How to gauge code quality in a hurry.

Anyone who has worked for some time as a maintenance programmer, and had to untangle someone else's code, will probably try be kinder to the future inheritor of the code they write, and document it profusely. The most important comments relate to a subroutine/function's parameters, and documenting whether the parameters are IN, OUT or IN+OUT. Interestingly, only ADA had such syntax, but Modula-2 had the concept of VAR for parameters that can change, vs parameters that are copied. Later versions of C adopted a "const" parameter flag that would signal to the compiler that the parameter is not to be modified. Knowing what goes in and comes out of every function, and minimizing the outputs, and having clarity as to what is being passed to functions, is probably the single largest signal of the quality of code. 

When you look at some code, and are trying to gauge how good the programmer was, in just a few minutes it will be apparent if they bothered to document what goes in and out of a function. In some of the functional languages this is a requirement, and in many ways this is why functional languages are gaining traction fast, because they force you as a programmer to do what you should have done in the first place, which was spell out explicitly what is going in and what is coming out.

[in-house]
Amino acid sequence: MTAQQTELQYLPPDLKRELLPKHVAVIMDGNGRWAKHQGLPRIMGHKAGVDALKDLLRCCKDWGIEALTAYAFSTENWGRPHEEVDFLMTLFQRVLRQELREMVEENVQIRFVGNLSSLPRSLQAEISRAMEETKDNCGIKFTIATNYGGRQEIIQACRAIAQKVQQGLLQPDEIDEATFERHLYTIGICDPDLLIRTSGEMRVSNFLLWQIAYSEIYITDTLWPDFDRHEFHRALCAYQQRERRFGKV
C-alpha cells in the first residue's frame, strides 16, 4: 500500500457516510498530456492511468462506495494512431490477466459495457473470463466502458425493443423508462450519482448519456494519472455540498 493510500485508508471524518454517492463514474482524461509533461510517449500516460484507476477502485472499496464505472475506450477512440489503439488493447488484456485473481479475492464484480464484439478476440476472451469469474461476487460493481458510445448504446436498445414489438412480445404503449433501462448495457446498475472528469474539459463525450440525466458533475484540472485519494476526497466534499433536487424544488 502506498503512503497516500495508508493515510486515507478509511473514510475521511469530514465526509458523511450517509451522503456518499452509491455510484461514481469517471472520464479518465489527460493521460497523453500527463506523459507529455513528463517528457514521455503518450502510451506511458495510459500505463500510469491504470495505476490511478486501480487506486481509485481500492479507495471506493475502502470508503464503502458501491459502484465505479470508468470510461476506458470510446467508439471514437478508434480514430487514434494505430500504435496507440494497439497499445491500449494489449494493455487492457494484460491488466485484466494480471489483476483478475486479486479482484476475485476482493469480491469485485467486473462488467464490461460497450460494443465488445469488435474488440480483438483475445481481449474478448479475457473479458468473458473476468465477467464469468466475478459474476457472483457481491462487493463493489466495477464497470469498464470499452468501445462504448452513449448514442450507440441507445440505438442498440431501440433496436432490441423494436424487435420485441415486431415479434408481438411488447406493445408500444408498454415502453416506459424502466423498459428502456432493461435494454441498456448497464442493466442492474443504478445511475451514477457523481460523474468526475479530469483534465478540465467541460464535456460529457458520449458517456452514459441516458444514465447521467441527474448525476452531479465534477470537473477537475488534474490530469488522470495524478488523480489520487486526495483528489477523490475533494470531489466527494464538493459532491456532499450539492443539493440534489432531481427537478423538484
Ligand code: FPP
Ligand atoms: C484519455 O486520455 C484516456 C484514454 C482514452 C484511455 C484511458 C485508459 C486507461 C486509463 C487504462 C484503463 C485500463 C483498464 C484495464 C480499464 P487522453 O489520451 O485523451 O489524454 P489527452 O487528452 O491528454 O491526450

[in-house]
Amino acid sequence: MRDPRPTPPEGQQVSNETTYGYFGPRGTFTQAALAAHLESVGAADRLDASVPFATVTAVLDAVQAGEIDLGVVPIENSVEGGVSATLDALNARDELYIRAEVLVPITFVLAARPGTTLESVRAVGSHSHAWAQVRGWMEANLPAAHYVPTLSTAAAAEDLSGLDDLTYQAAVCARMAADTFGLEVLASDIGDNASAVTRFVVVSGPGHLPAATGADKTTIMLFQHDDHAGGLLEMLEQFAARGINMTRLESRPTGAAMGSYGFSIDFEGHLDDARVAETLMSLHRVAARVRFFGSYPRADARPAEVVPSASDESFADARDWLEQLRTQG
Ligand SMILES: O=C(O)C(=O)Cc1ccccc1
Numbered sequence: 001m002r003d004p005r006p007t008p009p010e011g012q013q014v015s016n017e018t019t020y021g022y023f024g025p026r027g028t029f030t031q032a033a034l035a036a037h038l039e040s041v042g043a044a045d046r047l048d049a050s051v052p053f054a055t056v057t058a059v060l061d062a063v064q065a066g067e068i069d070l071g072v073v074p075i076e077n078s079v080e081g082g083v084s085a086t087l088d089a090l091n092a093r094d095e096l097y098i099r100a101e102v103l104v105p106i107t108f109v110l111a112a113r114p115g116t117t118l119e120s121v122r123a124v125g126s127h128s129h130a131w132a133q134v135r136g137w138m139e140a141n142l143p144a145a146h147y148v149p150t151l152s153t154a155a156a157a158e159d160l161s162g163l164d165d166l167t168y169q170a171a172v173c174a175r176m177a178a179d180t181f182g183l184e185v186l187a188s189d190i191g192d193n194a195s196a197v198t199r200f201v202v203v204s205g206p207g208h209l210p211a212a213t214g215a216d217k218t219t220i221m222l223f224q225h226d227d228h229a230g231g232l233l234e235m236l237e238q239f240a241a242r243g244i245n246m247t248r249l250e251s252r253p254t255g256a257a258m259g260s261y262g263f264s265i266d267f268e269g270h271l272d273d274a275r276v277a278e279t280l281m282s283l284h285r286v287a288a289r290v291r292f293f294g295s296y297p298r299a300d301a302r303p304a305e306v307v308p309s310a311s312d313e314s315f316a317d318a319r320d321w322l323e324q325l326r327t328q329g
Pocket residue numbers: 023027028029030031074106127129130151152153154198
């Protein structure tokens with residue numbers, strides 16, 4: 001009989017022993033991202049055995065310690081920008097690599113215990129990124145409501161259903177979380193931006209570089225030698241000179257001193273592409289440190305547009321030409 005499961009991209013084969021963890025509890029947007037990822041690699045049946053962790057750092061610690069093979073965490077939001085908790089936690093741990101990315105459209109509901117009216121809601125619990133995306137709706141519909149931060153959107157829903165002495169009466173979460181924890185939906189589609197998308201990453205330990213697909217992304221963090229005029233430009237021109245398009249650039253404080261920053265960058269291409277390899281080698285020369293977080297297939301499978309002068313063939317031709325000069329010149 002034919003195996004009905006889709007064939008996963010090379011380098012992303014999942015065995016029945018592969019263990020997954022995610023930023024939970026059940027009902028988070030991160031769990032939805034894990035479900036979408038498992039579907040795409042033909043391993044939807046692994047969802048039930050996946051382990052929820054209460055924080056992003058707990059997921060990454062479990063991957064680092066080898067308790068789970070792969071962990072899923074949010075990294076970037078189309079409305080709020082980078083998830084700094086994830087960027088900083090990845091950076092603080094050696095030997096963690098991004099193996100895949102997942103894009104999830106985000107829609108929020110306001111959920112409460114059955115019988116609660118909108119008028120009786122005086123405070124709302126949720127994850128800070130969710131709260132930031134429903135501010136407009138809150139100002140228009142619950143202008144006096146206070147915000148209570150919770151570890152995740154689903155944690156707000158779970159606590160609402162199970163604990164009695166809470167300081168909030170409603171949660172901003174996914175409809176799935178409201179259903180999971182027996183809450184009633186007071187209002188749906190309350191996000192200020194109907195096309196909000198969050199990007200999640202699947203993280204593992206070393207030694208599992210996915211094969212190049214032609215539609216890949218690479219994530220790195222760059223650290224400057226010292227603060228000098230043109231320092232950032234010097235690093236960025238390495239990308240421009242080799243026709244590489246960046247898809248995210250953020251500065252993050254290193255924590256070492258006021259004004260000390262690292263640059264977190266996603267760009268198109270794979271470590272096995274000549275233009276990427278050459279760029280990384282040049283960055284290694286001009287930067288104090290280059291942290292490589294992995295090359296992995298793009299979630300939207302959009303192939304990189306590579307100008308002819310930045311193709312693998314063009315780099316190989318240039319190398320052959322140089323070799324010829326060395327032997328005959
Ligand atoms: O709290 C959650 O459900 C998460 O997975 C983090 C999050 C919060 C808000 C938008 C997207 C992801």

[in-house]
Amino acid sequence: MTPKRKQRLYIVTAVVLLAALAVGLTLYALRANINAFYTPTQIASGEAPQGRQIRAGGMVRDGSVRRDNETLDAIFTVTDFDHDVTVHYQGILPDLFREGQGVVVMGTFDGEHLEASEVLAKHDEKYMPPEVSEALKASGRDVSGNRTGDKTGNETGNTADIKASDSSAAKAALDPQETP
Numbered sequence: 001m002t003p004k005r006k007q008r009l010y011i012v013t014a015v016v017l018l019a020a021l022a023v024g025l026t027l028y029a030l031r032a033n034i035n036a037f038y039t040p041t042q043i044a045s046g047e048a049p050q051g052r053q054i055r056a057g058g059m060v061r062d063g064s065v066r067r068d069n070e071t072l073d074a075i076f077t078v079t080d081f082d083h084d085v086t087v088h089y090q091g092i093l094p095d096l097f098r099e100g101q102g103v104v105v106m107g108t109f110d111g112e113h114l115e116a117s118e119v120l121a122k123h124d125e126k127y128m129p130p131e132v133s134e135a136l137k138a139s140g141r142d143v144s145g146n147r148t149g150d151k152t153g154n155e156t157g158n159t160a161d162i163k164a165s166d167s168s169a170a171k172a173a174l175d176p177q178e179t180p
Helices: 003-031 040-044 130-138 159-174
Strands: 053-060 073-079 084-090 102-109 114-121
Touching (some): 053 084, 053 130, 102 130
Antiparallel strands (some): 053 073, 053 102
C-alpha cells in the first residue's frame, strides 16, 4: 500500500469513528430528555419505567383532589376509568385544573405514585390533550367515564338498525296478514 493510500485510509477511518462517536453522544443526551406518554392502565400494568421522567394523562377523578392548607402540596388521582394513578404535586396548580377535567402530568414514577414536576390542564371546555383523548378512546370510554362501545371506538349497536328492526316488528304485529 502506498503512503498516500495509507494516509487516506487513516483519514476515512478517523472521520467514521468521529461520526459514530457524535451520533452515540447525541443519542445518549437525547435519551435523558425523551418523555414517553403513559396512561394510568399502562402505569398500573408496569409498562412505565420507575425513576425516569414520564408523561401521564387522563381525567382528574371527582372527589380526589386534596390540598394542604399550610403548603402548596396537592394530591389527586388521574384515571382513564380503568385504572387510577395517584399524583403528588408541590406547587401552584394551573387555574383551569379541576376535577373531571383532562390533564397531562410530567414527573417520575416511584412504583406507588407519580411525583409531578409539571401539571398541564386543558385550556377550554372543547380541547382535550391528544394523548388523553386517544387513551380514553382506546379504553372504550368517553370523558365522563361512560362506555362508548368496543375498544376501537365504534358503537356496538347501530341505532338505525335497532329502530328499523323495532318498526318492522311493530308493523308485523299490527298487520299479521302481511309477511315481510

Unfortunately people are fetishising functions, as if the subroutine was some magical thing that is new. Subroutines were built into machine language from almost the earliest computers, because it was immediately apparent that certain tasks were done repetitively. Their only purpose is to save duplication of code, and they create a problem for the reader in that as they nest ever deeper, it gets extremely hard to read the code. Everyone knows from their first experiences, that code that executes top down, with no branches or subroutines, is the easiest code to read and debug. What we need is a new computer language that is not so jittery, where you express the task as a straight-as-possible path that is easy to perceive.